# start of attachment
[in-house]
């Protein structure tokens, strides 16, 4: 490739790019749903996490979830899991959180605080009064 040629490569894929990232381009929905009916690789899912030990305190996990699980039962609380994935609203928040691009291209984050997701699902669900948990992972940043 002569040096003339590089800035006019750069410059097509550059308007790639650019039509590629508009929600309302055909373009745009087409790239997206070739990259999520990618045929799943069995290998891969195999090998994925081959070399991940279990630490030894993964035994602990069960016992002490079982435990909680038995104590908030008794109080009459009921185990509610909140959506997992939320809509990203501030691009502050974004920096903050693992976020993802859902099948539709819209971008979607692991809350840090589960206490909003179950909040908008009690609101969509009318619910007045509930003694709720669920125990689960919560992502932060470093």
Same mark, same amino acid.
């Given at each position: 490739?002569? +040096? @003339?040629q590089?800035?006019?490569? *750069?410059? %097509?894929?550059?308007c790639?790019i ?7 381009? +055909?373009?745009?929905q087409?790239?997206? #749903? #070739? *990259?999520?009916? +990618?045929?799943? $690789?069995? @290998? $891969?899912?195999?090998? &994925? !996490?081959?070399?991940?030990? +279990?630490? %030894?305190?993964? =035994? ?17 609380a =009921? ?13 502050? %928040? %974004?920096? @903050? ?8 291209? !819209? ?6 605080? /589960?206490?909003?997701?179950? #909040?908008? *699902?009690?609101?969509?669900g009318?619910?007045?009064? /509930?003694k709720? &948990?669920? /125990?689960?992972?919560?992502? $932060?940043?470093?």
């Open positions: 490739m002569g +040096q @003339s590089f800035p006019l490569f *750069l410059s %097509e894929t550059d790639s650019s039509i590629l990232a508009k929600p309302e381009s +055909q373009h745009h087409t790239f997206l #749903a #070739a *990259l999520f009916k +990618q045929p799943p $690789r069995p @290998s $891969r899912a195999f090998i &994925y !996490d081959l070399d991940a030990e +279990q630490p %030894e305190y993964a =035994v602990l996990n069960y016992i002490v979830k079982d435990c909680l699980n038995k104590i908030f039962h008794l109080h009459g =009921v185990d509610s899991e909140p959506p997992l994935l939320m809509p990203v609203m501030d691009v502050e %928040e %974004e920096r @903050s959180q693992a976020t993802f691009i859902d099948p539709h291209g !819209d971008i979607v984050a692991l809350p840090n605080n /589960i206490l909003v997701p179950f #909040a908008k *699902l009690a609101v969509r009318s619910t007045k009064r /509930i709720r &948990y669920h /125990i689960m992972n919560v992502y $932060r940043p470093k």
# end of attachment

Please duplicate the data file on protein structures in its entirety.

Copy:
[in-house]
């Protein structure tokens, strides 16, 4: 490739790019749903996490979830899991959180605080009064 040629490569894929990232381009929905009916690789899912030990305190996990699980039962609380994935609203928040691009291209984050997701699902669900948990992972940043 002569040096003339590089800035006019750069410059097509550059308007790639650019039509590629508009929600309302055909373009745009087409790239997206070739990259999520990618045929799943069995290998891969195999090998994925081959070399991940279990630490030894993964035994602990069960016992002490079982435990909680038995104590908030008794109080009459009921185990509610909140959506997992939320809509990203501030691009502050974004920096903050693992976020993802859902099948539709819209971008979607692991809350840090589960206490909003179950909040908008009690609101969509009318619910007045509930003694709720669920125990689960919560992502932060470093």
Same mark, same amino acid.
């Given at each position: 490739?002569? +040096? @003339?040629q590089?800035?006019?490569? *750069?410059? %097509?894929?550059?308007c790639?790019i ?7 381009? +055909?373009?745009?929905q087409?790239?997206? #749903? #070739? *990259?999520?009916? +990618?045929?799943? $690789?069995? @290998? $891969?899912?195999?090998? &994925? !996490?081959?070399?991940?030990? +279990?630490? %030894?305190?993964? =035994? ?17 609380a =009921? ?13 502050? %928040? %974004?920096? @903050? ?8 291209? !819209? ?6 605080? /589960?206490?909003?997701?179950? #909040?908008? *699902?009690?609101?969509?669900g009318?619910?007045?009064? /509930?003694k709720? &948990?669920? /125990?689960?992972?919560?992502? $932060?940043?470093?």
């Open positions: 490739m002569g +040096q @003339s590089f800035p006019l490569f *750069l410059s %097509e894929t550059d790639s650019s039509i590629l990232a508009k929600p309302e381009s +055909q373009h745009h087409t790239f997206l #749903a #070739a *990259l999520f009916k +990618q045929p799943p $690789r069995p @290998s $891969r899912a195999f090998i &994925y !996490d081959l070399d991940a030990e +279990q630490p %030894e305190y993964a =035994v602990l996990n069960y016992i002490v979830k079982d435990c909680l699980n038995k104590i908030f039962h008794l109080h009459g =009921v185990d509610s899991e909140p959506p997992l994935l939320m809509p990203v609203m501030d691009v502050e %928040e %974004e920096r @903050s959180q693992a976020t993802f691009i859902d099948p539709h291209g !819209d971008i979607v984050a692991l809350p840090n605080n /589960i206490l909003v997701p179950f #909040a908008k *699902l009690a609101v969509r009318s619910t007045k009064r /509930i709720r &948990y669920h /125990i689960m992972n919560v992502y $932060r940043p470093k």